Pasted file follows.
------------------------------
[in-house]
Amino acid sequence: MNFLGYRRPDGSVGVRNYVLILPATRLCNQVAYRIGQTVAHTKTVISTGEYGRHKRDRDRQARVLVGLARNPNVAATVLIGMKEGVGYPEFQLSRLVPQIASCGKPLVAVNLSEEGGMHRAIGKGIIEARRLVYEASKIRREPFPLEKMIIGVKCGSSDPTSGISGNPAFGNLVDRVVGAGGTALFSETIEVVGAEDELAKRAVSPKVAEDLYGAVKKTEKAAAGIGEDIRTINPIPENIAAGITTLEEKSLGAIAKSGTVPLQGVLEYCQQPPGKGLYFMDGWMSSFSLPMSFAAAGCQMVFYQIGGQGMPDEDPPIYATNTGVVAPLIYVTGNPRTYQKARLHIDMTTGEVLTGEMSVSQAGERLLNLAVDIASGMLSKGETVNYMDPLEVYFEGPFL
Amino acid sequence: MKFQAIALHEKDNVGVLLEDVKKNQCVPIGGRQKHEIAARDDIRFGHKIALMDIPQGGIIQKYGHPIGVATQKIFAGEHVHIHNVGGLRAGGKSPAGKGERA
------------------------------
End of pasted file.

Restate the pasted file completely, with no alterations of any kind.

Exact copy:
[in-house]
Amino acid sequence: MNFLGYRRPDGSVGVRNYVLILPATRLCNQVAYRIGQTVAHTKTVISTGEYGRHKRDRDRQARVLVGLARNPNVAATVLIGMKEGVGYPEFQLSRLVPQIASCGKPLVAVNLSEEGGMHRAIGKGIIEARRLVYEASKIRREPFPLEKMIIGVKCGSSDPTSGISGNPAFGNLVDRVVGAGGTALFSETIEVVGAEDELAKRAVSPKVAEDLYGAVKKTEKAAAGIGEDIRTINPIPENIAAGITTLEEKSLGAIAKSGTVPLQGVLEYCQQPPGKGLYFMDGWMSSFSLPMSFAAAGCQMVFYQIGGQGMPDEDPPIYATNTGVVAPLIYVTGNPRTYQKARLHIDMTTGEVLTGEMSVSQAGERLLNLAVDIASGMLSKGETVNYMDPLEVYFEGPFL
Amino acid sequence: MKFQAIALHEKDNVGVLLEDVKKNQCVPIGGRQKHEIAARDDIRFGHKIALMDIPQGGIIQKYGHPIGVATQKIFAGEHVHIHNVGGLRAGGKSPAGKGERA